Lodge Farm Primary School

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About Lodge Farm Primary School

Name Lodge Farm Primary School
Ofsted Inspections
Mrs Angela Smith (Acting Headteacher)
Address Mobbsbury Way, Chells, Stevenage, SG2 0HP
Phone Number 01438236600
Phase Primary
Type Community school
Age Range 3-11
Religious Character Does not apply
Gender Mixed
Number of Pupils 438
Local Authority Hertfordshire
Highlights from Latest Inspection

What is it like to attend this school?

Pupils enjoy their time at this school. They are kept safe and are well cared for by the adults here.

Bullying happens rarely, and when it does, pupils are confident that adults will ensure it stops.

Children in the early years join in lessons with enthusiasm. Older pupils settle to work quickly.

Sometimes, a few pupils lose their focus in lessons. This happens when teachers are not clear enough about the learning.

Pupils are keen to do well.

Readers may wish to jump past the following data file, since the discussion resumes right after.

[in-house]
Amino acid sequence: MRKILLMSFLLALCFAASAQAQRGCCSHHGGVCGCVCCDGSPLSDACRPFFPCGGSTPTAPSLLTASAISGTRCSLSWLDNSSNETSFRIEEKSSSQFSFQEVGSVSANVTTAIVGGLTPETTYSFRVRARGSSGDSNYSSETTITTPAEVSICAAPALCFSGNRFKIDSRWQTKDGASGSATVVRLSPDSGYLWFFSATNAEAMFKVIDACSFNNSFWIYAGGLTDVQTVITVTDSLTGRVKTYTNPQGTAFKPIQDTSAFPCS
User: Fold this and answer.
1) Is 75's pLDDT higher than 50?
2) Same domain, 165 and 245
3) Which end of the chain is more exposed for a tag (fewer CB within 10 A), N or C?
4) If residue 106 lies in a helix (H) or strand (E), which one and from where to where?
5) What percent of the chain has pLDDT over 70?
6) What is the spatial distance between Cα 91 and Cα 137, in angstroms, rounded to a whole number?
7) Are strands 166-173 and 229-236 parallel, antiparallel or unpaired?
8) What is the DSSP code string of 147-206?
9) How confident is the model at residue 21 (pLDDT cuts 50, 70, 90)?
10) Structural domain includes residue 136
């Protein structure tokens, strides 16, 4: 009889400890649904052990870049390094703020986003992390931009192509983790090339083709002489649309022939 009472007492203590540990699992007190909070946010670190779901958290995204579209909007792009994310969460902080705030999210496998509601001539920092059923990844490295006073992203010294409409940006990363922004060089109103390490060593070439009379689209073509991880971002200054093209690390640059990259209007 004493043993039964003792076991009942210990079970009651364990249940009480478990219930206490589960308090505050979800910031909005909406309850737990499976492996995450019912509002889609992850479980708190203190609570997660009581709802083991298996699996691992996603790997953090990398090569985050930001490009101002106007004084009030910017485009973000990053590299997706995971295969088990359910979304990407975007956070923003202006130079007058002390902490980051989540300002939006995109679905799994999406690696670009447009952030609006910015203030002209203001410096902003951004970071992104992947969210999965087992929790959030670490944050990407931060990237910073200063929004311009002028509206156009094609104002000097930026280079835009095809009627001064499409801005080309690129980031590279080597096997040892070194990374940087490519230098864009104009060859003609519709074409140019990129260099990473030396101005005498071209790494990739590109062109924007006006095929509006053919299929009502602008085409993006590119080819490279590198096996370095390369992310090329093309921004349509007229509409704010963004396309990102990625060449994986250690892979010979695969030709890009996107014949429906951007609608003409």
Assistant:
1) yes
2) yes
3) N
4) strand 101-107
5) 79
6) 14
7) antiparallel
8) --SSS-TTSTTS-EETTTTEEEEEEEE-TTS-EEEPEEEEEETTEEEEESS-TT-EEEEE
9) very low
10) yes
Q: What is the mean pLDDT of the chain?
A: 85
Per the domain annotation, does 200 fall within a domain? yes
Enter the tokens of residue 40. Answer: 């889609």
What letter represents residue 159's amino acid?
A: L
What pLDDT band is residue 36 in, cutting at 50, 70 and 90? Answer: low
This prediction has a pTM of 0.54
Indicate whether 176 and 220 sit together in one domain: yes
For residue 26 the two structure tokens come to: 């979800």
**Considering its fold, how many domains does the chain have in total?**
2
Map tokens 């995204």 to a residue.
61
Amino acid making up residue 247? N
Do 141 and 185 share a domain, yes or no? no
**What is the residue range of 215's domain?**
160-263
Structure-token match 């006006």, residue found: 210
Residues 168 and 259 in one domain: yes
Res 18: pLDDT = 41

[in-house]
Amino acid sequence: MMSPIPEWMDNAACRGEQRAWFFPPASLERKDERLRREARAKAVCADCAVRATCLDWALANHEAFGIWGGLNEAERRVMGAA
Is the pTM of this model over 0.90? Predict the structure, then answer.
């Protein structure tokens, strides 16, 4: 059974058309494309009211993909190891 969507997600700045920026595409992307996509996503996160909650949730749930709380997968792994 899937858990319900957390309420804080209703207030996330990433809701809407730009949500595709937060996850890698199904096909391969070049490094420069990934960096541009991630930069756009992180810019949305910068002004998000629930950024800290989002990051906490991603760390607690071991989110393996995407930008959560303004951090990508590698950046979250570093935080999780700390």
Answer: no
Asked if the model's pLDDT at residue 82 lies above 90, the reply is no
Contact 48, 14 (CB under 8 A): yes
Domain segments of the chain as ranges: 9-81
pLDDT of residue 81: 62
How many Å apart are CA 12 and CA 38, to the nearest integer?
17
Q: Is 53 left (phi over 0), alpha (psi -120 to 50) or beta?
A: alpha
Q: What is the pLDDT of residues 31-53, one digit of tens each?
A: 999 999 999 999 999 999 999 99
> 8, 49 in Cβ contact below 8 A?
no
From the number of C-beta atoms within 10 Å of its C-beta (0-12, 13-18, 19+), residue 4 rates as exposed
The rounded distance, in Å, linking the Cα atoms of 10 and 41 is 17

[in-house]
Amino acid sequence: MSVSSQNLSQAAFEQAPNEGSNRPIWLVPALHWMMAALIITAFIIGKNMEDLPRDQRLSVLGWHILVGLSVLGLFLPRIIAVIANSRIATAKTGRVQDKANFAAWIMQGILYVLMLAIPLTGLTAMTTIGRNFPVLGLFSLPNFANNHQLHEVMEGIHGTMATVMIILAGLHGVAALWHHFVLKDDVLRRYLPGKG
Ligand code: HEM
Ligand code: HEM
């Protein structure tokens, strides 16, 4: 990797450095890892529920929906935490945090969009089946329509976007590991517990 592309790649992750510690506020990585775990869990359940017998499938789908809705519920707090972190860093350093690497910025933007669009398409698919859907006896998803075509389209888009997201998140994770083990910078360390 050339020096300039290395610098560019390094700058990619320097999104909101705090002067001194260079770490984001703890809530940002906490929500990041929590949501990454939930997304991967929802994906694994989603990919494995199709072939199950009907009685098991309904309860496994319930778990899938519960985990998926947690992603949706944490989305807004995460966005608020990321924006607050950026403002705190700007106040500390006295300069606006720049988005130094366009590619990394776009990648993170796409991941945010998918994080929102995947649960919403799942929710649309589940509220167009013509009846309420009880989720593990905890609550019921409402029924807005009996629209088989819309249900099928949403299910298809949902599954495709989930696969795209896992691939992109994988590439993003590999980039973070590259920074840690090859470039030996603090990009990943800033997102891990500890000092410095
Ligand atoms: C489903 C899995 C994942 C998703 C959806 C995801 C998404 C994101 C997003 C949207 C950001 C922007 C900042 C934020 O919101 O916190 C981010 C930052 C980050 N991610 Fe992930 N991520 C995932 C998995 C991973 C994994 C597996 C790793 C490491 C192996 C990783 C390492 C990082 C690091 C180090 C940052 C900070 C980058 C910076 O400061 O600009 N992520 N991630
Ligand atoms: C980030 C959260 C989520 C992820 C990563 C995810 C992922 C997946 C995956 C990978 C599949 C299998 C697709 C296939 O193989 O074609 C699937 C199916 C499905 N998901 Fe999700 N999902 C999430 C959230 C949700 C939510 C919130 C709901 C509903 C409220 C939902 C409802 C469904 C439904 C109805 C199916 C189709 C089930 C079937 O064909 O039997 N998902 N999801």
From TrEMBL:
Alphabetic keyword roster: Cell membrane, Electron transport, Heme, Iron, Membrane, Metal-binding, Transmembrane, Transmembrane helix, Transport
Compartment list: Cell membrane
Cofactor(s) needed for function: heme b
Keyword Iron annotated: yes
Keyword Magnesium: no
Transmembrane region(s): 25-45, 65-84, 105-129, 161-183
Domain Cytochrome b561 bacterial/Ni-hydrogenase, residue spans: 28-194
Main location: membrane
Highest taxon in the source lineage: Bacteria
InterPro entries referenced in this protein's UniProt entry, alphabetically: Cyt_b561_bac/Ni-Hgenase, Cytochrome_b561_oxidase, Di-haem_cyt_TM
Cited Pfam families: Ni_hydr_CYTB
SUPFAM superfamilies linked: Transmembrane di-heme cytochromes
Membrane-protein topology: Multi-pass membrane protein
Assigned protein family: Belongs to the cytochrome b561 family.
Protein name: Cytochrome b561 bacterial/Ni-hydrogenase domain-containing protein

They readily attempt the tasks set for them. However, too often, adults do not spot and correct mistakes and misconceptions quickly enough. When this happens, pupils do not learn what leaders intend..../>
Pupils do not achieve as well as they could.

Around the school, pupils show good manners and kindness to each other. They readily hold doors open for each other and say 'please' and 'thank you' without prompting.

Young children learn to take turns. They share books together in the cosy reading area.

Breaktimes are energetic and fun.

Pupils readily include everyone in the games and share the equipment. They are proud to look after each other. They also raise money for charities to help others less fortunate than themselves.

What does the school do well and what does it need to do better?